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Astronomical instrumentation builders: the next generation

Students attempt to measure the wavelength of laser light using an interferometer.

Students attempt to measure the wavelength of laser light using an interferometer. Photo courtesy of the Dunlap Institute for Astronomy & Astrophysics.

This summer, 40 students from around the world gathered at the Dunlap Institute for Astronomy & Astrophysics for a unique introduction to designing and building astronomical instrumentation.

The week-long Dunlap Institute Summer School reflects the institute’s mission to develop the tools of astronomical discovery—spectrographs, imagers, adaptive optics systems and more. It also fulfills the institute’s mandate to train the next generation of astronomers—the individuals who will build and use those instruments to make future discoveries.

While most students were from universities in Canada and the US, some travelled from as far away as Norway, the Netherlands, Israel, Australia, Germany and Mexico. They came for a simple reason. “We can’t get this at home,” said Lars Driessen, a graduate student from Radboud University Nijmegen in the Netherlands. “At home, there’s no instruction in instrumentation whatsoever. There’s no way to get this kind of experience.”

Lectures introduced students to principles of spectroscopy, radio astronomy, interferometry, adaptive optics and more. Labs provided them with what for many was their first experience in physically using lenses, lasers, diffraction gratings, sensors—and building something out of those components. For students already familiar with handling data, this was their first experience in handling the hardware that generates the data.

No matter what academic path the students take, the school was valuable training. Jielai Zhang, an undergraduate astronomy student at the U of T, said, “No matter whether I go into instrumentation or not, the knowledge I gained this week will stay with me for my entire career. It will help me in doing science, and also in influencing technology so that better science can be done.”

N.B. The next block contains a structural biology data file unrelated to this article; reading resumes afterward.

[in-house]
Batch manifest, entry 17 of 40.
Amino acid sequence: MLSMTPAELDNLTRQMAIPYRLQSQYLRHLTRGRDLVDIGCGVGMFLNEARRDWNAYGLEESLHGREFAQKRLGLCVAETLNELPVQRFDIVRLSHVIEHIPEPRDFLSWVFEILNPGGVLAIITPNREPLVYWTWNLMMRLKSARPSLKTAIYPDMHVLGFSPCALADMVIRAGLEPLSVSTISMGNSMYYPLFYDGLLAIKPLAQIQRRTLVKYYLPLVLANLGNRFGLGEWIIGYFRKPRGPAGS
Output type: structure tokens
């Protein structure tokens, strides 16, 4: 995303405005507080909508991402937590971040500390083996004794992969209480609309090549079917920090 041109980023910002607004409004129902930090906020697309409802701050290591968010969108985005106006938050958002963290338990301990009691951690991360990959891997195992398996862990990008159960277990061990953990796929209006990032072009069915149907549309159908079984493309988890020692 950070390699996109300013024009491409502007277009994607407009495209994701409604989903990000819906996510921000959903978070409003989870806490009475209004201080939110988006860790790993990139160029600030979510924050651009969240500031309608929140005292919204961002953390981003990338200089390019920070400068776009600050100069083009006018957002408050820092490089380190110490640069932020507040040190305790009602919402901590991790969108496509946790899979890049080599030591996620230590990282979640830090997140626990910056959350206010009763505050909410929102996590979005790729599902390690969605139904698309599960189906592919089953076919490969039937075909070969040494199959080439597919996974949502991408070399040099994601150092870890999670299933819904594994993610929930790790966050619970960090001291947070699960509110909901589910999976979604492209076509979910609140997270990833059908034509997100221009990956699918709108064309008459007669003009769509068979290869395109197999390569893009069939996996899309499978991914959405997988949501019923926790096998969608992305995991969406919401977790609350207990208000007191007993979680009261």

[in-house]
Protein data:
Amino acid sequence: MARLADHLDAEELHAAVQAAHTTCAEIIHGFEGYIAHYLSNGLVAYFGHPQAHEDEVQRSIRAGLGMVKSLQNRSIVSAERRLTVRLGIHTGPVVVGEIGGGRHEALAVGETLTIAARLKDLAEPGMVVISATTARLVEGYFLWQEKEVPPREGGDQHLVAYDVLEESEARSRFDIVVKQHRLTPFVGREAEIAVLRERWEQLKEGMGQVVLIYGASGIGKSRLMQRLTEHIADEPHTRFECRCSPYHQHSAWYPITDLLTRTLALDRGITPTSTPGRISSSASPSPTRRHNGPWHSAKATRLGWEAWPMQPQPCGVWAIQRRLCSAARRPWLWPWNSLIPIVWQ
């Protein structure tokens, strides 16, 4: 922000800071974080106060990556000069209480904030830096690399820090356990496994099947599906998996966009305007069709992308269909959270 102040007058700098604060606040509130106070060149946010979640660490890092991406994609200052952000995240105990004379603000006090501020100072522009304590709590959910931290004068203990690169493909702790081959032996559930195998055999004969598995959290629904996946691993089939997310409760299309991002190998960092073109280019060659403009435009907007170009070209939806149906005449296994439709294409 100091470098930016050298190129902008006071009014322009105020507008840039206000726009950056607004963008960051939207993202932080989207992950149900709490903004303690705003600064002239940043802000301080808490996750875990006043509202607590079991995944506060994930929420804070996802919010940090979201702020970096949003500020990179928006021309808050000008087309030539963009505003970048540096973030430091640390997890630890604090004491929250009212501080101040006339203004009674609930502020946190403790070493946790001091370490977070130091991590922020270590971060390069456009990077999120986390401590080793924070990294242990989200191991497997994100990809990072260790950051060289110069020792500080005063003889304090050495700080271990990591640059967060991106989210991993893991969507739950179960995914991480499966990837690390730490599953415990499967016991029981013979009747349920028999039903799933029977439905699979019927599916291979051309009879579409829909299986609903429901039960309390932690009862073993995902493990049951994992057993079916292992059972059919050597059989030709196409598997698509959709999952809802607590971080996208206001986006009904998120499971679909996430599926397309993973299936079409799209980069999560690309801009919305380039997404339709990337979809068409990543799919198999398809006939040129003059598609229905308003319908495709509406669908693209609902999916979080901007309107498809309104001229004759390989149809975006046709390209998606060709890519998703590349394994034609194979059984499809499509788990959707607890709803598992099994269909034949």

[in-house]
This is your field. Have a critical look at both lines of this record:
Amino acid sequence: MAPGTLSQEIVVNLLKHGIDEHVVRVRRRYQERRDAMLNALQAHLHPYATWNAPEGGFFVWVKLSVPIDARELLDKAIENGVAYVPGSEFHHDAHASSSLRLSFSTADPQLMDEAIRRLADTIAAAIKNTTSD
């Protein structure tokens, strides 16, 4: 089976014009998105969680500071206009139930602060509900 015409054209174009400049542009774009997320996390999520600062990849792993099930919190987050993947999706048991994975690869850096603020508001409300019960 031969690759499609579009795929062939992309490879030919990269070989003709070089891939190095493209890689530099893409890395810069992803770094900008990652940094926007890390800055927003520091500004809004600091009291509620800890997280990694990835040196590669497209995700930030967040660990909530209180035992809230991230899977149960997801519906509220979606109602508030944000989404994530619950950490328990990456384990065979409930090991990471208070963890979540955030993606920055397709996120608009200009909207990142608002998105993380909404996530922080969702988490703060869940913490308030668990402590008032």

The roster of instructors included astronomers from the Dunlap Institute, the Department of Astronomy & Astrophysics, and from institutions across North America. While the instructors’ research expertise spans a vast range—from exoplanets to galaxies to the Cosmic Microwave Background—they are also leading experts in astronomical instrumentation and, not surprisingly, encouraged students to follow their lead.

“Instrumentation is such a good career move,” said James Lloyd, an astronomer from Cornell University who has been an invited instructor for two summers. “There’s such an enormous demand for people with the skills to build astronomical instrumentation. What’s more, in astronomy, so many of the really big advances are made by an advance in technology.”

The week included a visit to the David Dunlap Observatory in Richmond Hill that was like a journey back in time. The observatory, which opened in 1935, was a gift to the U of T from Jessie Donalda Dunlap to commemorate her late husband, David Dunlap.

“The instrumentation summer school was a great success,” said Dunlap Institute Interim Director, Peter Martin. “The school is just one of the many ways that the institute is continuing the intent of the original gift, to ensure that the Dunlap name becomes synonymous with excellence in astronomy and astrophysics.”